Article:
UPDATE: Video of floor sessions coming to House of Delegates next year; Senate will follow in 2021

UPDATE: Video of floor sessions coming to House of Delegates next year; Senate will follow in 2021

Conservative Republican Del. Kathy Szeliga, and progressive Democrat David Moon have championed video streaming of House of Delegates session since 2016. MarylandReporter.com photo.

By MarylandReporter.com

In an unusual bipartisan statement, House Speaker Michael Busch, together with House Minority Whip Kathy Szeliga and Del. David Moon, announced late Tuesday that the House of Delegates will begin live-streaming floor sessions during the 2020 legislative session.

The two delegates, good government groups and journalists had pushed for the move for several years, as had Gov. Larry Hogan. Conservative Republican Szeliga and progressive Democrat Moon introduced their legislation requiring the streaming again Tuesday, and MarylandReporter.com wrote about the issue again two weeks ago.

UPDATE: Senate President Mike Miller announced from the rostrum Wednesday that the Senate will begin live streaming in 2021.

“The House is equipped to do some things that we’re not able to do right away in terms of transparency,” said Miller. “And so we’re going to move forward, the House first and then the Senate’s going to follow a year later. … We’re going to try to move forward as quickly as we can.”

His announcement came after the delayed introduction of a Hogan administration bill, SB207, the Transparency Act of 2019, c0-sponsored by 14 Republican senators, that would require the live streaming of floor sessions, as well as all committee hearings and voting sessions. END OF UPDATE

“Through live-streaming, Marylanders will be able to see, and not just hear, our floor sessions to have a better understanding of the work in the People’s House,” said Busch in a statement Tuesday. “Transparency is key to an open and free government, and I have no doubt that embracing this technology in the House Chamber will improve the public’s accessibility to the legislature and allow our communities to be more engaged in the process.”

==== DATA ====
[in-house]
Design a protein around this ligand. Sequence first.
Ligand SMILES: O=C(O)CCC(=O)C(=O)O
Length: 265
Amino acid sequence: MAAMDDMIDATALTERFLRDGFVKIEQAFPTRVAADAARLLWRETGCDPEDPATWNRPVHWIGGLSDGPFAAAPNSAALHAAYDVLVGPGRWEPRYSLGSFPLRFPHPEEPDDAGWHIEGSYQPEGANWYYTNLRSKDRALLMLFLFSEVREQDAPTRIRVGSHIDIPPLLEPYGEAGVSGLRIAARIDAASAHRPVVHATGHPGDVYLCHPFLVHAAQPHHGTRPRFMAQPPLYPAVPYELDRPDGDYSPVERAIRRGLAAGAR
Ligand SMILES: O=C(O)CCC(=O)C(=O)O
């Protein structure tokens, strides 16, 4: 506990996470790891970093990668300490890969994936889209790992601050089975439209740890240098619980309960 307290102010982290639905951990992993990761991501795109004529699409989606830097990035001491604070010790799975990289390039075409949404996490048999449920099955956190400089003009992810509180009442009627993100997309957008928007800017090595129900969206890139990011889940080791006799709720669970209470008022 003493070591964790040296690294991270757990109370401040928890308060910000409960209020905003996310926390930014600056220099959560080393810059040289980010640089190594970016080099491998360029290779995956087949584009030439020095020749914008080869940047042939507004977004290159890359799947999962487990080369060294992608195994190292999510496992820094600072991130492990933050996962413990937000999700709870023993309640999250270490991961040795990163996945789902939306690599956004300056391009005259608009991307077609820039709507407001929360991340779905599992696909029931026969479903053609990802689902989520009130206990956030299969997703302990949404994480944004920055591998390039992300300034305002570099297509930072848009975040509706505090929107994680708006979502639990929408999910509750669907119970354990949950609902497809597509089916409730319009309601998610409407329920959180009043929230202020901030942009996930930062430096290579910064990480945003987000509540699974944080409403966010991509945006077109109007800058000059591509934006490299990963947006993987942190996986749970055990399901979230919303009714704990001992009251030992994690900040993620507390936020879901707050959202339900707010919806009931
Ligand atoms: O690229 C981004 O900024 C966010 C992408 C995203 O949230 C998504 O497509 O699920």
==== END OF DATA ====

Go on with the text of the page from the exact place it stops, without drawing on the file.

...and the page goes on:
According to the speaker’s office, Busch “authorized contractors to begin installation during the summer of 2018. Due to the historic nature of the State House and the size of the Chamber, the House of Delegates is partnering with Maryland Public Television to begin the program next session.”

Audio of the sessions has been available for at least a decade, but since members are forbidden by House rules to use personal names, determining who is speaking can be difficult, based on descriptions such as “the gentle lady from Harford County” or “the delegate from District 13.”

“I applaud Speaker Busch for standing up for transparency and all Maryland citizens who deserve to see with their own eyes exactly how and why their representatives are voting,” said Szeliga, R-Baltimore-Harford. “Maryland has had the notorious distinction of being one of only seven states barring video from either chamber for far too long. We will finally modernize the House.

“This is a common sense and bipartisan effort – something legislators of both parties strongly support.”

Speaker Busch initiated full video coverage of all House committee hearings in 2011. This is allows the public — including journalists and advocates — to view hearings as they occur, as well as long after the fact. The hearing videos are now archived as part of the legislative record for every bill.

“In an era when it’s easier for voters to watch funny cat videos than to watch Maryland’s legislature in action, I’m thrilled to see Speaker Busch bring the House of Delegates into the modern era,” said Del. Moon, D-Montgomery. “My constituents expect transparency in government, and literally hiding from public view, sets the wrong tone.”

About The Author

Len Lazarick


Len Lazarick was the founding editor and publisher of MarylandReporter.com and is currently the president of its nonprofit corporation and chairman of its board He was formerly the State House bureau chief of the daily Baltimore Examiner from its start in April 2006 to its demise in February 2009. He was a copy editor on the national desk of the Washington Post for eight years before that, and has spent decades covering Maryland politics and government.

Support Our Work!

We depend on your support. A generous gift in any amount helps us continue to bring you this service.